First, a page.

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Astron. Astrophys. 336, 309-314 (1998)

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2. Model

If the telescope beam includes a number of unresolved clumps then the difference in emission may be due to the differences in the physical, and hence chemical, evolution between them. We proposed in Paper 1 that all clumps had collapsed from a relatively diffuse state, in which only hydrogen is predominantly molecular. As the gas collapses, a large amount of free carbon is available to form molecules such as CS, before the carbon is swallowed up in CO. These `early-time' carbon-based molecules (like CS) exhibit a peak in fractional abundance (= n(X)/[FORMULA], where n(X) is the number density per unit volume of the molecule X and [FORMULA] is the number density of hydrogen nuclei) before falling off at later times. Other molecules may simply achieve their maximum abundance at the same time as the peak of the early-time molecules and then remain at constant abundance (being in chemical equilibrium), but some termed `late-time' only peak in abundance at significantly later times due to bottlenecks in the their formation routes caused by low reaction rates. Ammonia is an example of this latter type since the reactions involved in its formation

[EQUATION]

[EQUATION]

appear to be considerably slower at 10K than other comparable reactions. Only cores that are stable upon the initial collapse will be detectable in these molecules. Other cores, perhaps dispersed quickly because they are too small or are not in pressure equilibrium with the external medium, will not be detectable in "late-time" species.

Our chemical model is described in detail in Paper 1; the important points are reiterated here. In a single point calculation chemical abundances are followed from initial conditions typical of a diffuse cloud ([FORMULA]  cm-3, visual extinction [FORMULA]) through a free-fall collapse (increasing [FORMULA] and [FORMULA]) until [FORMULA]  cm-3 and [FORMULA], after which both of these parameters are kept constant. The formula used for this collapse is given in Rawlings et al. (1992), and includes a scaling parameter `B' that we have normally taken to be unity. This description is intended to represent the relaxation to an equilibrium state in magnetohydrodynamic numerical collapse models, which in those simulations is followed by a longer phase in which magnetic support for the core is slowly removed by ambipolar diffusion so that the core can then collapse further to form a star. The formation of a number of such clumps may be the result of the fragmentary collapse of a larger scale ([FORMULA] 1pc) cloud. Observational evidence for such clumps comes from the small scale structure of core D in TMC-1 (Langer et al. 1996), and from the clumpy emission seen ahead of bow shocks in a number of sources (Taylor & Williams 1996).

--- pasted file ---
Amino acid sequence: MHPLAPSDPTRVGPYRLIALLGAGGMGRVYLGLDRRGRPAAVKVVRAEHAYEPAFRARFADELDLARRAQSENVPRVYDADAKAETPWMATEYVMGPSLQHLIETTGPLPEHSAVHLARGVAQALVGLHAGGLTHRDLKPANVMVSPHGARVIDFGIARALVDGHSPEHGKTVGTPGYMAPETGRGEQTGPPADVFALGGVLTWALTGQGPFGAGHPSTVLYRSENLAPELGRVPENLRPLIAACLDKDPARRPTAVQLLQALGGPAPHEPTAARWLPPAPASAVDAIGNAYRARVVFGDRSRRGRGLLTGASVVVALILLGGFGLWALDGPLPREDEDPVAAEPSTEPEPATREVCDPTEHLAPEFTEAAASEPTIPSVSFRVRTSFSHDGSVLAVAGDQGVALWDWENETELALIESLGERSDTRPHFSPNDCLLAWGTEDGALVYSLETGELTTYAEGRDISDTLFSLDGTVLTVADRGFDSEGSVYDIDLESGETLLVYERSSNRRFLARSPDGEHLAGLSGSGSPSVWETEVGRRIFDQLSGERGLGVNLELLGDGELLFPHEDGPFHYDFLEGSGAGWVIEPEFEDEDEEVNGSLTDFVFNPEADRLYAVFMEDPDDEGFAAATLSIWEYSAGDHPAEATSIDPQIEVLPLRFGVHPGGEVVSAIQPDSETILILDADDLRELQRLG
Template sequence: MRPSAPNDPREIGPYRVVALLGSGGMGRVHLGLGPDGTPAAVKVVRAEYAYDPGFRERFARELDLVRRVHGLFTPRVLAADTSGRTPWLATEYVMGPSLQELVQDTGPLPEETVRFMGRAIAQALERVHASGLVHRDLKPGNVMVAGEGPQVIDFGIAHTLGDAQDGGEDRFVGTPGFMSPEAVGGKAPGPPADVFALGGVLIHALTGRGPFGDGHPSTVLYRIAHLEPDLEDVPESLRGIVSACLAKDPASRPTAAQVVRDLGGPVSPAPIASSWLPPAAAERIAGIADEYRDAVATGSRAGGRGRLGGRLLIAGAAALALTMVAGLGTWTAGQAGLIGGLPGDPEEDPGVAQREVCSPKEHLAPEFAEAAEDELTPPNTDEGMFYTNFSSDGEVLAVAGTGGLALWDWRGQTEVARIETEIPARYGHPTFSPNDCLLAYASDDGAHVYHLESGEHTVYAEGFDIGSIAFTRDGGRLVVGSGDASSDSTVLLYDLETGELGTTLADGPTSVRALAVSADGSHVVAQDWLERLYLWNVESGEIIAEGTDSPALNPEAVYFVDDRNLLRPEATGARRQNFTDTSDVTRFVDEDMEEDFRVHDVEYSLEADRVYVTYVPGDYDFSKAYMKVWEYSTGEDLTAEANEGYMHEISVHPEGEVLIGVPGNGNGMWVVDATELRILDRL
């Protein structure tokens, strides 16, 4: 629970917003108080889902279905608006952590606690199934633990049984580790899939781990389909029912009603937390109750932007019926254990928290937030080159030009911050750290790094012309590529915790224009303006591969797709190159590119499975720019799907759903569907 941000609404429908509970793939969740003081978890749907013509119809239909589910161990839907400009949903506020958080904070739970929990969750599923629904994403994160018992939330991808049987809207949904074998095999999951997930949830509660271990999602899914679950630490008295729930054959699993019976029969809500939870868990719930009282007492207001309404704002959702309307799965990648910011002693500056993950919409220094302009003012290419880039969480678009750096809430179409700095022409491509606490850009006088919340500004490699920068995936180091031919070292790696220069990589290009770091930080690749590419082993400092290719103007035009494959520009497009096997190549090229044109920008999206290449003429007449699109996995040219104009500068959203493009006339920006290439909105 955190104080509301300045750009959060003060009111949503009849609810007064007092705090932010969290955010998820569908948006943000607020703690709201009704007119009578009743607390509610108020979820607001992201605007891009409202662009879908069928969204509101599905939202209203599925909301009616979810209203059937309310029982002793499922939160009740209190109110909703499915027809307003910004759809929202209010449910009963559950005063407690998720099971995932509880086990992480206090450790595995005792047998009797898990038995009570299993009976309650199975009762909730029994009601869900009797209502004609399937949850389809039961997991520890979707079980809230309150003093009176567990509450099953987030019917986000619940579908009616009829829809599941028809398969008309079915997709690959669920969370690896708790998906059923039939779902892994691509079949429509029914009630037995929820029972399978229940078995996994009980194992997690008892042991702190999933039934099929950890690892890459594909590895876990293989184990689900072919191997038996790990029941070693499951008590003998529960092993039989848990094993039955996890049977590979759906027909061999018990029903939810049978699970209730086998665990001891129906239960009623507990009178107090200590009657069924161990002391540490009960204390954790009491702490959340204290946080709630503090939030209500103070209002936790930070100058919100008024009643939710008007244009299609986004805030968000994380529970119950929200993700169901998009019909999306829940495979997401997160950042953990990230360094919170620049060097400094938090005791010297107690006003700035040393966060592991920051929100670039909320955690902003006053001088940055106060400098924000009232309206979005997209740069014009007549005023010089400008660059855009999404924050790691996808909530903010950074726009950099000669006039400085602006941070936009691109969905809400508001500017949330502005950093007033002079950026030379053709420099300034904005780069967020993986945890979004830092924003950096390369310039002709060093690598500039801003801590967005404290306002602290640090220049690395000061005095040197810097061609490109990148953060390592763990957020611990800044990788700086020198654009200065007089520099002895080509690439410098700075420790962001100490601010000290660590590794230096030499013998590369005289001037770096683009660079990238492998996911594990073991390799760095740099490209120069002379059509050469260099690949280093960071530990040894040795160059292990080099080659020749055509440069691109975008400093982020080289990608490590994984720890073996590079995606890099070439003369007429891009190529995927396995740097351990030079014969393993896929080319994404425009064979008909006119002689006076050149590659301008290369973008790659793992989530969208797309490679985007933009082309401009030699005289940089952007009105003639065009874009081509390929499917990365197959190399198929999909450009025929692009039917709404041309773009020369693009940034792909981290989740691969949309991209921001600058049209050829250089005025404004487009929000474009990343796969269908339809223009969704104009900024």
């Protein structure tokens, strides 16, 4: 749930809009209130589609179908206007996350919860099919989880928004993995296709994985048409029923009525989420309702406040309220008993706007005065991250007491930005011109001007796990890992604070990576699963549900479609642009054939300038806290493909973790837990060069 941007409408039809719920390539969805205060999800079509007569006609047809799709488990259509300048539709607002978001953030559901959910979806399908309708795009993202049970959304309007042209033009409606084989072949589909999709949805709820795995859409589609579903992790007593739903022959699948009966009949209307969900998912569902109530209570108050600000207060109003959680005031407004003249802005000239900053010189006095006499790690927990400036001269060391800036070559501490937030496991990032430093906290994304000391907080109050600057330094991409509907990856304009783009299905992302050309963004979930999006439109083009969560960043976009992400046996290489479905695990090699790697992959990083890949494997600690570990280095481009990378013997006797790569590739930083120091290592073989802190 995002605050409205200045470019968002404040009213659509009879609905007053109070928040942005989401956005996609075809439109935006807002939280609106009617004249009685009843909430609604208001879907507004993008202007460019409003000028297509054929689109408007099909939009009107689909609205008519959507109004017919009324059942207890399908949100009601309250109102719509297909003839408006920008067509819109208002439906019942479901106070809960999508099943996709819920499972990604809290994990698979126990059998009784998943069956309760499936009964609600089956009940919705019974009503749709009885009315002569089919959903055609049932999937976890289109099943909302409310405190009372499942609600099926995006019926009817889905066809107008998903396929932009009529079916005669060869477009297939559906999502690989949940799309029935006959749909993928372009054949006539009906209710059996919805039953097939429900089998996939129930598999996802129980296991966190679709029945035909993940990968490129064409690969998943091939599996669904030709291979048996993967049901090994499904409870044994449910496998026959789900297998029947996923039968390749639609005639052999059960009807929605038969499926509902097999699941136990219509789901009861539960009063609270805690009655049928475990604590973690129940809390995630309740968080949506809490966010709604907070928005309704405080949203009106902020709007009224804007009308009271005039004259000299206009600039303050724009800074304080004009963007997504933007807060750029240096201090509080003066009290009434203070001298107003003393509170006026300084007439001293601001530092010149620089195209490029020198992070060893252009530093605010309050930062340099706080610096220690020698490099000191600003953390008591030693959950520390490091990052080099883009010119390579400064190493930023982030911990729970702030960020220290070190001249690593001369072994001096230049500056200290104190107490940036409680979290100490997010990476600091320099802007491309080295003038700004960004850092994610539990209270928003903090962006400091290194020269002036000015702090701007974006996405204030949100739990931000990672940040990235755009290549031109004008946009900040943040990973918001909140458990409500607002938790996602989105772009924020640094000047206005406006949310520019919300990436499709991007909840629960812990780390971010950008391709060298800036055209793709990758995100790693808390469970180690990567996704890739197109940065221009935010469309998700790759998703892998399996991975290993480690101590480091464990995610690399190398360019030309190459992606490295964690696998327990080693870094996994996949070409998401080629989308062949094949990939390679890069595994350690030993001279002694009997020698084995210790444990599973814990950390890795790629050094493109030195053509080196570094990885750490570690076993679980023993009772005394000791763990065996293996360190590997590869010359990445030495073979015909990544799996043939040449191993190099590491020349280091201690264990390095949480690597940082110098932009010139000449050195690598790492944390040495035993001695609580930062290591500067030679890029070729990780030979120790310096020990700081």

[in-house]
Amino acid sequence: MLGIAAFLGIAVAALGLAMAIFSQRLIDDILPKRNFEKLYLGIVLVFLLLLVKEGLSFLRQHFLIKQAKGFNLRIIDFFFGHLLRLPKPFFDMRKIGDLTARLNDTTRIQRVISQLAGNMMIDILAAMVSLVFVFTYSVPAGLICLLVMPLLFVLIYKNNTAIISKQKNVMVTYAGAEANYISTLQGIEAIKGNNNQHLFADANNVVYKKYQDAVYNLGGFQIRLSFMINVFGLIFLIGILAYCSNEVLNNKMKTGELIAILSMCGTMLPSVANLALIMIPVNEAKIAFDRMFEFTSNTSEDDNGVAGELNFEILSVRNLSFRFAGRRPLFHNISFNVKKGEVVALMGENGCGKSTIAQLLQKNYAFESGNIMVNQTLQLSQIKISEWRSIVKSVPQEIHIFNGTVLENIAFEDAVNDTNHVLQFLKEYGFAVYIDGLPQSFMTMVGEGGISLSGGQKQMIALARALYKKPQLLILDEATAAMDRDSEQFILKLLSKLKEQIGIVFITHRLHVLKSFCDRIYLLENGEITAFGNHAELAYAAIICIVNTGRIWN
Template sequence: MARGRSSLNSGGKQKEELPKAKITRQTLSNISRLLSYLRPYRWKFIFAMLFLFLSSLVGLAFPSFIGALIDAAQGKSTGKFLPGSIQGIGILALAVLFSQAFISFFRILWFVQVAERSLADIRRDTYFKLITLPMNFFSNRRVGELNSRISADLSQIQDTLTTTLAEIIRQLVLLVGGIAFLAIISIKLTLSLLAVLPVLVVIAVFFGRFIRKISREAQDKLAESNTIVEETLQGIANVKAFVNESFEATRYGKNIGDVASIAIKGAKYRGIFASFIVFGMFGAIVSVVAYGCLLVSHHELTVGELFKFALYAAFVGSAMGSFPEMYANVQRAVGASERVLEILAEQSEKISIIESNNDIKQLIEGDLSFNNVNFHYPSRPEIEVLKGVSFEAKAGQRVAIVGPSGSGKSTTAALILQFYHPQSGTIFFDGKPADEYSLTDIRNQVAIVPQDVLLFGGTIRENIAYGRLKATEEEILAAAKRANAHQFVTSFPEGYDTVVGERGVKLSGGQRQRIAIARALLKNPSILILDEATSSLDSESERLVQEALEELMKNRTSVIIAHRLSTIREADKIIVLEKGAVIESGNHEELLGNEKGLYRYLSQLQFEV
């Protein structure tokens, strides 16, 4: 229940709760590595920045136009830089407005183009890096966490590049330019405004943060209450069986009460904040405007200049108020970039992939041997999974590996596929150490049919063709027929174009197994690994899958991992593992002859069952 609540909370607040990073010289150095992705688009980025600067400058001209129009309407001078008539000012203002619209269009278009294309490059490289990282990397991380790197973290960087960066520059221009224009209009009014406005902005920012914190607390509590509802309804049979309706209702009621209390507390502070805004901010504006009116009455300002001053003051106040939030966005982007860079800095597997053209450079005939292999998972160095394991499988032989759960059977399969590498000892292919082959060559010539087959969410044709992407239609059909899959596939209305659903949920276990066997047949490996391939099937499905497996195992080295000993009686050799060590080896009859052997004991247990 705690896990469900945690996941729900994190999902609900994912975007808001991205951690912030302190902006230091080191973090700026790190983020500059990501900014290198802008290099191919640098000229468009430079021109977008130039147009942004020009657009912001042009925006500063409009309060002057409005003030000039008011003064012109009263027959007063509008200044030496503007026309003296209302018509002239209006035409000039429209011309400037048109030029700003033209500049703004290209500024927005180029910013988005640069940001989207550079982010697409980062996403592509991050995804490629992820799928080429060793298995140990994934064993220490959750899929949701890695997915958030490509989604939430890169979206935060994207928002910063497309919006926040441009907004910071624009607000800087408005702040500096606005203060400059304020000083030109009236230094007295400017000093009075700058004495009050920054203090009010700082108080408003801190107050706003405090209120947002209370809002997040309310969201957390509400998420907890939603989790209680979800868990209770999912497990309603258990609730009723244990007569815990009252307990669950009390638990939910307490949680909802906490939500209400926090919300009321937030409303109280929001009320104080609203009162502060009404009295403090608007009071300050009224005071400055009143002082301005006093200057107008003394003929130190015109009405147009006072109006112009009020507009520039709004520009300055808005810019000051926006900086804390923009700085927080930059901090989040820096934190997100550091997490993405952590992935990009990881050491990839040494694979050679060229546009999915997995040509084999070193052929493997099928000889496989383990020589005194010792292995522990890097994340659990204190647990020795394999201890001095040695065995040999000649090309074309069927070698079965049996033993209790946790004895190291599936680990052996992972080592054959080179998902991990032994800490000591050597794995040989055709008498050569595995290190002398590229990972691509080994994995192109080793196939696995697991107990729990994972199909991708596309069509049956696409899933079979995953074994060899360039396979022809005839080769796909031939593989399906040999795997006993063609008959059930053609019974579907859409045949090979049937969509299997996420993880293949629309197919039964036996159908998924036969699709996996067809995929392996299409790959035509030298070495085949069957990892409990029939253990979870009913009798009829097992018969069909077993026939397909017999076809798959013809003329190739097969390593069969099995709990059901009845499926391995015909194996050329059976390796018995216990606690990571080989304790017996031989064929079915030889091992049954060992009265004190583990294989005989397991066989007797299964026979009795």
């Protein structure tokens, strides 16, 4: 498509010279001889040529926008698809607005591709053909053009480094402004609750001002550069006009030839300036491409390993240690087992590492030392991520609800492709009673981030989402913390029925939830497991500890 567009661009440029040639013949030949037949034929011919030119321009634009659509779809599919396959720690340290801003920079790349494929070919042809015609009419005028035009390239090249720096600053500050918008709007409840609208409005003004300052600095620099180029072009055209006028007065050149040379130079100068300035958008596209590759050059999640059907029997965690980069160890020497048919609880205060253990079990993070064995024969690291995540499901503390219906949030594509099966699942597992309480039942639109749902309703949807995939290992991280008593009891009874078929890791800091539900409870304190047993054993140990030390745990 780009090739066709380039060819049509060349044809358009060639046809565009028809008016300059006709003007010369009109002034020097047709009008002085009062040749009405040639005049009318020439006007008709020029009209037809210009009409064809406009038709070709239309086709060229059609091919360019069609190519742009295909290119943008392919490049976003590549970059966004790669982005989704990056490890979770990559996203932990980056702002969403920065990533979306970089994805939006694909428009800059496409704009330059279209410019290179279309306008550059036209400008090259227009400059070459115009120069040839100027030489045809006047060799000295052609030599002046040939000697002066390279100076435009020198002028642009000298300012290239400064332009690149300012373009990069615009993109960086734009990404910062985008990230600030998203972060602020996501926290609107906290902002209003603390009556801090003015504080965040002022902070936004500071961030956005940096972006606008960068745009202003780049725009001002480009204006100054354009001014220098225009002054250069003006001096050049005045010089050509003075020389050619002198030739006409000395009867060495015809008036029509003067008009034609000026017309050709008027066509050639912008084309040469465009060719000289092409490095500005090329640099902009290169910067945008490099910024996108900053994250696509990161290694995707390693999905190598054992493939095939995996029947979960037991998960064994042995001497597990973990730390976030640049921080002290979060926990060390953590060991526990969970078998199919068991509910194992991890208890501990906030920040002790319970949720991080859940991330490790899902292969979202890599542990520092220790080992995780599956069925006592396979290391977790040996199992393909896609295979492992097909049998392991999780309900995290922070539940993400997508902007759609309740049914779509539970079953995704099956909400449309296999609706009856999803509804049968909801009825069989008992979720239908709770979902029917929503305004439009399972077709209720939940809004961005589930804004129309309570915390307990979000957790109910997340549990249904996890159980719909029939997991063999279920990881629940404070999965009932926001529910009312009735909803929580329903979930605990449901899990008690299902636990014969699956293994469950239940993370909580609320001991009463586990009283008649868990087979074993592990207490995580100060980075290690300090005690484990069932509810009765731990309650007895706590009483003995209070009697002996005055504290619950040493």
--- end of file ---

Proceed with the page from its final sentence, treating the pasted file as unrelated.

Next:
The observations pertinent to Paper 1 could only be explained if the effective freezeout parameter, FR, was low. This parameter accounts for the efficiency of adsorption of gas molecules onto dust grain surfaces and for the grain size distribution (which affects the surface area available for gas species to stick to), and its low value may be an indication of effective desorption rather than inefficient sticking. There are a number of methods of desorption, described e.g. in Williams & Taylor (1996), and amongst the more recent to be considered are desorption due to the heat emitted from the exothermic formation of molecular hydrogen on the grain surface (Willacy, Williams & Duley 1994), and the desorption of CO by transfer of energy from the O-H vibration at 3.1 µm (Dzegilenko & Herbst 1995). As in Paper 1 we normally take FR=0.01, and we also use the same elemental abundances. However, the chemical data has been updated, and also extended, by increasing the carbon chain chemistry to include species as complex as HC3N (there are now 138 gas phase species and 1996 reactions), and the revised UMIST ratefile has also been used (Millar, Farquhar & Willacy 1997).

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© European Southern Observatory (ESO) 1998

Online publication: July 7, 1998
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